In 2016, Canadian Blood Services reduced the blood donation deferment period of men who have sex with men (MSM) from five years to one. In this presentation to the House of Commons Standing Committee on Health, Gary Lacasse, Executive Director of the Canadian AIDS Society, makes the case for a behaviour-based screening policy for blood donations rather than one that focuses on populations based on sexual orientation and gender.
Chair, Vice-Chairs and members of the Standing Committee on Health:
My name is Gary Lacasse and I am the Executive Director of the Canadian AIDS Society (CAS). Thank you for inviting CAS to appear before your committee at its inaugural meeting to discuss the current blood donation restrictions imposed on men who have sex with men (MSM).
The Canadian AIDS Society is a national coalition of community-based AIDS service organizations dedicated to strengthening Canada’s response to HIV/AIDS, which includes ongoing collaboration with community partners and Canadian stakeholders to monitor and maintain the safety of Canada’s blood supply, particularly since the 1997 release of Justice Krever’s report of the Commission of Inquiry on the Blood System in Canada.
Over the years, the Canadian AIDS Society has worked closely with Canadian Blood Services (CBS) and other stakeholders to realize the July 2013 change to the blood donation deferral policy affecting men who have sex with men (MSM) from indefinitely to a period of five years (since last sexual encounter). At the time, we saw this change as a positive incremental step toward a deferral policy that would ultimately focus on gender-neutral, behaviour-based risk factor criteria rather than on sexual orientation.
Since then, CAS has continued in its collaborative and consultative role with CBS to review the evidence and scientific data collected over the last several years, and we supported Health Minister Philpott’s announcement in June 2016 to move to a one-year deferral as a step in the right direction with a view to ultimately removing any remaining barriers to MSM blood donations.
The long-standing CAS position on this issue is quite simple and straightforward. We believe that there should be a behaviour-based screening policy for blood donations rather than one that focuses on populations based on sexual orientation and gender.
In essence, CAS continues to advocate for a safe blood supply that is also respectful of human rights.
The fact is that screening guidelines have been, and remain, discriminatory. For both male and female donors, the current screening questions in CBS donor questionnaires single out specific population groups, in particular men who have sex with men, regardless of their actual behaviours and practices.
For male donors the screening questionnaire asks: In the last 12 months, have you had sex with another man?
For female donors: In the last 12 months, have you had sex with a man who, in the last 12 months, had sex with another man?
Replying in the affirmative to this question renders one ineligible to donate blood.
Similarly, transgender persons are also subject to a screening policy that discriminates on whether or not a trans person has undergone gender confirming surgery — regardless of their risk behaviour.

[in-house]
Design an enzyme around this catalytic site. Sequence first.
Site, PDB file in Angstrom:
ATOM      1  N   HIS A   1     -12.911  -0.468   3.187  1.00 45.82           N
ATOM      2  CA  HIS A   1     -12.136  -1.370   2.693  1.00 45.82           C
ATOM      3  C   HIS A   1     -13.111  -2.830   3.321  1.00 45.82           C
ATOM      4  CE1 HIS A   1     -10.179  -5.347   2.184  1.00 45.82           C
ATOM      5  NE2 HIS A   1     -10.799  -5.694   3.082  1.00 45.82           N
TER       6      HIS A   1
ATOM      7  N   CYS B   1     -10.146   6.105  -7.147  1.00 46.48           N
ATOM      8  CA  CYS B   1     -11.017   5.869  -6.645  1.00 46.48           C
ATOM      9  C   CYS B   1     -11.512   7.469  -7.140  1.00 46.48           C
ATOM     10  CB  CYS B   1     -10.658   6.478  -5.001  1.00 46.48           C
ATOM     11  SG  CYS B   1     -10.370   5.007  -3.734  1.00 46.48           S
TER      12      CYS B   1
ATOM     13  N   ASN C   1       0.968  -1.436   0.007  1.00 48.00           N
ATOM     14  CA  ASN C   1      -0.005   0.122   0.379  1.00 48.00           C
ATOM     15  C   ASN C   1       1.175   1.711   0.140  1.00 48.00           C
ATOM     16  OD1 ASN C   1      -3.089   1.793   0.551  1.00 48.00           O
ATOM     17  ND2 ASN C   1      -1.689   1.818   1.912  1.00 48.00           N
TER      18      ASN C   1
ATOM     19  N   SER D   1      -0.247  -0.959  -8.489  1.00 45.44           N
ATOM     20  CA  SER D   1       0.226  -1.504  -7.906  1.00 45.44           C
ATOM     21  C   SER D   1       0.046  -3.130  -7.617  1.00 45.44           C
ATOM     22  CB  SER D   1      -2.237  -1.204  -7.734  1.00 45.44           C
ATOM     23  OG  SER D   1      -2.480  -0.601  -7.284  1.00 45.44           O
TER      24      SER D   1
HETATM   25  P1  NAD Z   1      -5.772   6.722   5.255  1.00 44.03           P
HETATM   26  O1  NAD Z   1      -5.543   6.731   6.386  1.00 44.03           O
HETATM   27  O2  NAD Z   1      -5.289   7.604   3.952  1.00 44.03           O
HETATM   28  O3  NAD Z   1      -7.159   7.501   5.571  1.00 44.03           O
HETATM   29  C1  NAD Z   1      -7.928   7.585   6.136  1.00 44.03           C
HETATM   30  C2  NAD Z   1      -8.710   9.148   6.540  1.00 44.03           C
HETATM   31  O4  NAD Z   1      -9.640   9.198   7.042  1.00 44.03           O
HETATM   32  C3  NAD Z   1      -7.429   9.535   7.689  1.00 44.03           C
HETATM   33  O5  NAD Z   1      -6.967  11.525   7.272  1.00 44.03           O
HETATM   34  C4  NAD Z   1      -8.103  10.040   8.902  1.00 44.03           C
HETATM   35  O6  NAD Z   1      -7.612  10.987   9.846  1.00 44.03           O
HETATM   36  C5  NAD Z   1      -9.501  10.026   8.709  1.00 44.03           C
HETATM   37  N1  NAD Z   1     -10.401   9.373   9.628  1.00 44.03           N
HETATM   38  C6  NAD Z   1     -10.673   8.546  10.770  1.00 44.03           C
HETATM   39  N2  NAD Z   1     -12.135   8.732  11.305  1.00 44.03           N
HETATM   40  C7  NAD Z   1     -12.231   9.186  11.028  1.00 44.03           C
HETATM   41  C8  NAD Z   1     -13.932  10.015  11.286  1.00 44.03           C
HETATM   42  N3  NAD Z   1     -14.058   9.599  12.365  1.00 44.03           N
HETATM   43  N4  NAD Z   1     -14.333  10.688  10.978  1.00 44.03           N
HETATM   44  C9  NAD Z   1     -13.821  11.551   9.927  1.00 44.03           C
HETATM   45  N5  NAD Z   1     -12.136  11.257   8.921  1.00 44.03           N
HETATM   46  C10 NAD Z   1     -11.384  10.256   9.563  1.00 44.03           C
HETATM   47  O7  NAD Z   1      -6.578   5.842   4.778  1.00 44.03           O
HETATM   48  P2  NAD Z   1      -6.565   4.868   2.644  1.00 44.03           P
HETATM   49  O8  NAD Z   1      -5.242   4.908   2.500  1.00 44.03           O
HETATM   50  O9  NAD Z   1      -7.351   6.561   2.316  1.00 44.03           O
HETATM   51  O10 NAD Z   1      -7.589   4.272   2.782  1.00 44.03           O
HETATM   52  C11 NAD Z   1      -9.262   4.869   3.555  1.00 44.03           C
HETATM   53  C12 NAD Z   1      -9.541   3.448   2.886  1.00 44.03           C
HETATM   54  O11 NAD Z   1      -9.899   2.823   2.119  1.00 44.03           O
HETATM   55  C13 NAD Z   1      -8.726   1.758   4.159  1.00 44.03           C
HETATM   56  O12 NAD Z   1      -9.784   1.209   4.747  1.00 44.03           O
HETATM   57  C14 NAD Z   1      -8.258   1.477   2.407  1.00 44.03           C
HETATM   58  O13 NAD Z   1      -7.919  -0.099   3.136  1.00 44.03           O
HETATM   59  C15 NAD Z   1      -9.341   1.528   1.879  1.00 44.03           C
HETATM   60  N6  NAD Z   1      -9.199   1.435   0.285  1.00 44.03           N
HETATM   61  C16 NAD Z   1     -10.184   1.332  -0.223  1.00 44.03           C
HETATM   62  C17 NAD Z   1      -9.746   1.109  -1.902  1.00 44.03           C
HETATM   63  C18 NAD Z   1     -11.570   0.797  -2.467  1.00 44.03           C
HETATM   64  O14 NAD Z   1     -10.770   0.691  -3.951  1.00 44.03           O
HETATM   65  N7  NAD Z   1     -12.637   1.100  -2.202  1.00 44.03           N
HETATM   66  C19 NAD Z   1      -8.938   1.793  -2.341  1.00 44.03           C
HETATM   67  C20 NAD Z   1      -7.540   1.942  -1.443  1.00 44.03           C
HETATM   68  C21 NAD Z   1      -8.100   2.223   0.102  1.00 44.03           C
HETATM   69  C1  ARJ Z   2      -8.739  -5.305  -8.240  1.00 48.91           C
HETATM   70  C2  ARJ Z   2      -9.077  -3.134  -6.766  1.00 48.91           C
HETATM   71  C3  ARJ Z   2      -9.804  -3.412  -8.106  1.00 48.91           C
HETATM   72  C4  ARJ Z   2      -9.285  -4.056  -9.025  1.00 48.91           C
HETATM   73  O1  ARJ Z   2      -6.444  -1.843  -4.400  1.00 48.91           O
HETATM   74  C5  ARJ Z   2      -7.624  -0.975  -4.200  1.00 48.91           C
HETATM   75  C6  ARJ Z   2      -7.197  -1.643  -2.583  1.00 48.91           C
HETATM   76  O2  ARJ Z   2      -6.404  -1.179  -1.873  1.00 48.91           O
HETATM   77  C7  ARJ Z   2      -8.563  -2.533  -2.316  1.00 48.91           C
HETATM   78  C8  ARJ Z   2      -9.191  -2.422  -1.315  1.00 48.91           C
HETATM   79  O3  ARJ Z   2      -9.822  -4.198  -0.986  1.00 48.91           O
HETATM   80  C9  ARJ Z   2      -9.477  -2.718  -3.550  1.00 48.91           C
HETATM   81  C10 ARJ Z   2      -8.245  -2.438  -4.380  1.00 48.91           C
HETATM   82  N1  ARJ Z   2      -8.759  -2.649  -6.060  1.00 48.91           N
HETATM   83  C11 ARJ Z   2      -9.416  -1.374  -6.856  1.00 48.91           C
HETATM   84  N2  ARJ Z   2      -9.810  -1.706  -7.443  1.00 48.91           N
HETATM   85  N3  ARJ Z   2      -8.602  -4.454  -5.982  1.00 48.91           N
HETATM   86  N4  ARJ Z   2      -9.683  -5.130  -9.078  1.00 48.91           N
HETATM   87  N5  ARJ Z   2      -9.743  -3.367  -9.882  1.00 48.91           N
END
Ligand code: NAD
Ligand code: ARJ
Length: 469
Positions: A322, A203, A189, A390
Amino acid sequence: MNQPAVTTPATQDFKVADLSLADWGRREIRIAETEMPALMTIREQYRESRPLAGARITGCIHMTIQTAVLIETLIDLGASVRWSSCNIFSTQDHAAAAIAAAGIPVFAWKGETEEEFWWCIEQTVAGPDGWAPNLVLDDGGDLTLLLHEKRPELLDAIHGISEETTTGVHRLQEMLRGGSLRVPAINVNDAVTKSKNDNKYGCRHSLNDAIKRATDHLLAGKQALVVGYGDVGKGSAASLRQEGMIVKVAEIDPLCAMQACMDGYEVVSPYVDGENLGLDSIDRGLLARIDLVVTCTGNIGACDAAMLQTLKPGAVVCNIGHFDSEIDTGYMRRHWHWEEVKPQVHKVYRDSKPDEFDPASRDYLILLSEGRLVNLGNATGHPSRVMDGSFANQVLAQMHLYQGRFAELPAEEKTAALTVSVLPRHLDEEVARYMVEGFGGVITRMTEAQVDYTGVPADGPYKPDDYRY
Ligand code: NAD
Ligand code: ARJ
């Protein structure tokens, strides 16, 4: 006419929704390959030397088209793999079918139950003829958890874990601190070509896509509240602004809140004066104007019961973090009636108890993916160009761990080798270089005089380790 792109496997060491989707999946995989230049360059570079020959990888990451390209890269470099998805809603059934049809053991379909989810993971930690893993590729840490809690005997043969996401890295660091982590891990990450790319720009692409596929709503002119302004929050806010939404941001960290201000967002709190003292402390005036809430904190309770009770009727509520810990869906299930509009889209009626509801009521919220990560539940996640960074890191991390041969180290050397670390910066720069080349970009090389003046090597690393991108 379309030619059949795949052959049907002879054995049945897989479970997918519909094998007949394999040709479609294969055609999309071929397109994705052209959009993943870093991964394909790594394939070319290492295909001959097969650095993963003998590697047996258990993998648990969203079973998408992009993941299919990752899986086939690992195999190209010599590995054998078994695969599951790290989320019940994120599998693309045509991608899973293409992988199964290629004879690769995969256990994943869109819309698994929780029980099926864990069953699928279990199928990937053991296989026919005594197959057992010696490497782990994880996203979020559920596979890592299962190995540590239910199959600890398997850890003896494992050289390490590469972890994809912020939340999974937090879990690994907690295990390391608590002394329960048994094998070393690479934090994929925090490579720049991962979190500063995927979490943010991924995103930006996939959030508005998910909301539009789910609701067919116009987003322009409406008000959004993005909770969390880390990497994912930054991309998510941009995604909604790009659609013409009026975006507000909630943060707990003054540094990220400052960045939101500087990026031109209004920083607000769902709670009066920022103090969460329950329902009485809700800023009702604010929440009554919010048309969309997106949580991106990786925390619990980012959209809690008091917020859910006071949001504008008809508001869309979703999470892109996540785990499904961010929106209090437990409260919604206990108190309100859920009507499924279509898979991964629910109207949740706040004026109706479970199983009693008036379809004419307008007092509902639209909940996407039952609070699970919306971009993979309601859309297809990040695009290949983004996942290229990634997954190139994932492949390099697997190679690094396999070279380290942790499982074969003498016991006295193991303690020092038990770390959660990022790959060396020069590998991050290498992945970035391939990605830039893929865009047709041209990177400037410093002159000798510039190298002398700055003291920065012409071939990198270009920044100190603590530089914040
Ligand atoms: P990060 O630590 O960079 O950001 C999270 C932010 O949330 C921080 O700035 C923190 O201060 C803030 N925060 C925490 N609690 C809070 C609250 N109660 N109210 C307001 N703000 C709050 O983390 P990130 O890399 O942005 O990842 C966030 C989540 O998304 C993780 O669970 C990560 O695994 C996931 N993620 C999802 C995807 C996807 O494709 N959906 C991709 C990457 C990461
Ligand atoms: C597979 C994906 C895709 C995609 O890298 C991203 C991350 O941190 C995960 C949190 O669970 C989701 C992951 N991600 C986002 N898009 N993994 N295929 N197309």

The current deferral period, which is not evidence based practice, operates by assuming that certain groups are more likely to taint the blood supply. CAS has and continues to advocate for studies to provide behavioural research evidence to support the move towards non-discriminatory screening criteria based on behavioural risk. With behavioural research, it will be possible to gather data on low versus high risk donors based on their sexual behaviour, irrespective of their sexual orientation or gender identity.
To this end, we welcome the recent announcement by CBS of a two-day meeting to be held in January 2017 with national and international stakeholders to identify research priorities for closing knowledge gaps that impact donor eligibility for men who have sex with men. The stated goal of the meeting is to examine alternative screening approaches for blood donors and alternative technologies to provide data to change the current donor eligibility requirements.
There is currently no international consensus on deferrals for MSM. Many countries such as the United States, the United Kingdom, Australia, New Zealand, Sweden and the Netherlands have or are implementing a one-year deferral. Others such as Italy and Spain have no deferral periods for MSM preferring to assess donor risk through specific behaviours.
In conclusion I would like to emphasize that stigma and discrimination remain key concerns and barriers in our struggle to reduce and ultimately eradicate HIV transmission in this country.
Despite the reduction in the deferral period to one-year since a last sexual encounter, this restriction applying to MSM blood donors continues to foster a culture of discrimination and stigma that hinders our ability to reach our goal.
Over the years, CAS has consistently advocated for a scientific evidence-based approach and worked closely with Canadian Blood Services and various stakeholders to create a safe blood system without discrimination against certain groups.
Even though we are not there yet, in recent years we have certainly been moving in the right direction — from a total ban of MSM in the past, to a 5 year deferral period in 2013 and moving to a one-year deferral period implemented this past August.
In the near future, we look forward to scientific and behaviour-based alternative screening approaches for blood donors, maximizing the use of new available technologies, to change donor eligibility requirements to create a safe blood supply that is also respectful of human rights.
This is a realistic and achievable goal.
Thank you once again for the opportunity to provide our views on this important matter.